Tuesday, April 15 2014 10:51 PM EDT2014-04-16 02:51:11 GMT
A dog that was rescued from euthanization two weeks was shot and killed Sunday afternoon by a Sheriff's Deputy after the dog attacked three people, including its owner and the officer. It wasn't the firstMore >>
A dog that was rescued from euthanization two weeks was shot and killed Sunday afternoon by a Sheriff's Deputy after the dog attacked three people, including its owner and the officer.More >>
Bucky's BBQ has become a staple in Greenville, now with four locations. Its owner, Wayne Preston, and his family are doing quite well.
Most people may not realize that this original shop and the warehouse next door used to be a woodworking company before it became Preston's and his family's home.
The Bucky's founder said he got there in the mid 90s after his multi-million dollar tool company went bust. He owed $2 million.
"I wasn't paying attention," said Preston. "I had a house at the beach, I had a house here in town and I spent a lot of time at the beach and a lot of time at the golf course, and I wasn't paying attention to my business."
Instead of filing for bankruptcy, Preston said he sold his houses and moved his family into the warehouse for seven years.
His daughter Stephanie's bedroom is now the room where Bucky's signs are made.
Preston said he first got the idea for BBQ because his dad had owned a meat business when he was a kid. He always liked BBQ and made it for fun. When he needed to pay utility bills at his warehouse-style apartment, he started selling chopped pork on the side of Roper Mountain Road.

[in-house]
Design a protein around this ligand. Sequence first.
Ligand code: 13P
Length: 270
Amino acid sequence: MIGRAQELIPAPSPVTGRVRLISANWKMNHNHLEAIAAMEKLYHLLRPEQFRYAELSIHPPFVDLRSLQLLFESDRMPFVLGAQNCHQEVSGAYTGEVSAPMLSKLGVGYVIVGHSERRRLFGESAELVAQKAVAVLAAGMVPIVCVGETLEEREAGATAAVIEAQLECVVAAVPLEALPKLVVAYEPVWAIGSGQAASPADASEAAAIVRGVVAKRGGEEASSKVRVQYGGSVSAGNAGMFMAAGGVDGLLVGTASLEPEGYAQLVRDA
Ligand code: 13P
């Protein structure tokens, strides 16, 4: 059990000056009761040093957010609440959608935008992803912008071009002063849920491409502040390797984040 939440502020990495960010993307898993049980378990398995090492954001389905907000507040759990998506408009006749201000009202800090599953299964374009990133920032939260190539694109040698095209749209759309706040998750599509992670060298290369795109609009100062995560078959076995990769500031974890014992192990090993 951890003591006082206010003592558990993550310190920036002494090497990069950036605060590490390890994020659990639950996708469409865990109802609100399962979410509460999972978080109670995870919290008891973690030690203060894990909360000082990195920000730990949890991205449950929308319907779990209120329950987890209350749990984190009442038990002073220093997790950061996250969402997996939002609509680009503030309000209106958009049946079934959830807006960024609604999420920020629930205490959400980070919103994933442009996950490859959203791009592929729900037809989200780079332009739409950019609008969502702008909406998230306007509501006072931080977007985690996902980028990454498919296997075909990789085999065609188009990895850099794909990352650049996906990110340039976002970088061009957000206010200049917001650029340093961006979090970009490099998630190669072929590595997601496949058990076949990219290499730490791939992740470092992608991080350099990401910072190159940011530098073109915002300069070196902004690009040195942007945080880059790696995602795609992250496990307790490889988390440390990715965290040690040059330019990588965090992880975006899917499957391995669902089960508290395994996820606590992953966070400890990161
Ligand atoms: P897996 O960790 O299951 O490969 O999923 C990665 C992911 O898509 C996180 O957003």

Before officially opening the shop in 1999, Preston said hurdles needed to be hopped before Bucky's as we know it could move forward.
"The health department of course said, 'You can't do this.' I said, ‘Well it's either do this or my family's going to be sleeping in a box on the side of the road.' And so, ‘I'm sorry but I'm going to continue,'" Preston said. "They actually came to arrest me for selling BBQ on the side of the road."
That's when he, with four men at his church, asked 60 people Preston knew through life to give him money to help pay for sewer service to the restaurant.
His banker told him that he was crazy because "95 percent of the people fail in the restaurant business." Preston said luckily, "I jumped in it, and it's worked out all right."
Twenty-eight people came through and he scraped enough to legally open for business.
Never expecting to hit rock bottom and resort to smoking ribs and chicken, his staff now cranks out 800 pounds of pork a day.
"Things just fell in place for me," Preston said. "I've been very fortunate."
Preston said this year, Bucky's goal is to grow their catering side of things. He has his hand in projects across the Upstate, helping upstarters like himself get going.
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